What do Herman Cain’s 9-9-9 tax plan, student branding and dorm room decorating have in common?
People love to make things complex, but in reality most of our brains have a low threshold for remembering a list of more than a few items at a time. Complexity can lead to distraction, confusion, and lower memory retention rates.
Herman Cain’s proposed 9-9-9 tax plan has become almost instantly popular because people can easily understand it. Even bright tax lawyers find the IRS tax system overwhelming and unnecessarily difficult. A 9% income tax, 9% sales tax and 9% corporate tax system with no deductions is something that seems relatively simple. The ramifications of implementing such a system are another matter, but what is remarkably interesting about 9-9-9 is its almost instant popularity, which again stems from its simplicity. Start thinking about your student branding in the same way. Obviously you aren’t simple, but the more straightforward your student branding, the easier it will be for your brand to resonate with the people you want to impress.
The paradox of choice also applies to elements that may directly affect your college life, such as your dorm room. Walk in and out of several dorm rooms at any college and immediately you will sense a difference in the spaces. Some of them are chaotic and disorganized. Others are neat and tidy but covered with teddy bears. Still others are clean but cluttered with piles of mixed books, clothes, and general stuff. In general, the dorm rooms in which you will want to linger and sit down for a while will be clean and simply decorated. The dorm room bedding will be neat and tidy and there won’t be tons of stuff lying around. When it’s your own stuff somehow it is different but when you have to go into another person’s room and feel comfortable- less is more. The same is true for your student branding.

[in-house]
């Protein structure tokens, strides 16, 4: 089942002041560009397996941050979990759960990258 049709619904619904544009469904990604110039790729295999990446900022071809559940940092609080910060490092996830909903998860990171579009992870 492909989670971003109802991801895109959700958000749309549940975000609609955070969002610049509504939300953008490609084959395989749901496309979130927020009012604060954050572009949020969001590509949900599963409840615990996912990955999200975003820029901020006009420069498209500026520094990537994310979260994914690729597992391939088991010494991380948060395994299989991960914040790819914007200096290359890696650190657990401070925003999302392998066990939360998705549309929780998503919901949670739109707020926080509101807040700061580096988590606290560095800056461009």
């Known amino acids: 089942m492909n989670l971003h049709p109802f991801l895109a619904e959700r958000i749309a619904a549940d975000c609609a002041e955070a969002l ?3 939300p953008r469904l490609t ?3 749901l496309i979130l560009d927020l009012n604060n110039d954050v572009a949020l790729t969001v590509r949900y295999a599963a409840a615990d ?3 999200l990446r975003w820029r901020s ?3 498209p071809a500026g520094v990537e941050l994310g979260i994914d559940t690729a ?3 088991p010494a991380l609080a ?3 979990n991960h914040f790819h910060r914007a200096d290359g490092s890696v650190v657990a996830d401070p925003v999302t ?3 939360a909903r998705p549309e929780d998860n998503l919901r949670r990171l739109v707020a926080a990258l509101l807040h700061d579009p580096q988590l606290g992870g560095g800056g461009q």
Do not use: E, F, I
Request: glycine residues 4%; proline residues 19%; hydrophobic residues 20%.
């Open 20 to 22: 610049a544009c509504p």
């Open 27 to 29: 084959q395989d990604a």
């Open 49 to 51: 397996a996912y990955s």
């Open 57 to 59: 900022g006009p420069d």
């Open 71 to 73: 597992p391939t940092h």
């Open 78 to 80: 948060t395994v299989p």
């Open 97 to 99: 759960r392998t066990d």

Take both the 9-9-9 plan and the simply decorated dorm room lessons and turn around and apply them to your student brand. You might be a great artist, a fabulous writer, play the flute, play on the tennis team, and be a great computer engineer who speaks Portuguese. While all this stuff is great and it is all you, less is more when it comes to branding. Take the things you are best at and your most unique talents, and create a simple, memorable student brand.
In the example above, this student could brand himself or herself effectively as an artistic computer engineer who speaks fluent Portuguese. By focusing on the creativity as well as the unique language skill this student will stand out from the rest of the computer engineers when it comes to getting a job. Again, simple branding is easy to remember. An added bonus to simplified branding is once you make the first interview cut; there will be more to talk about if your prospective employer wants to know more about you. If introduced at a later stage, added complexity and diversity can be fabulous and can dramatically improve your end result!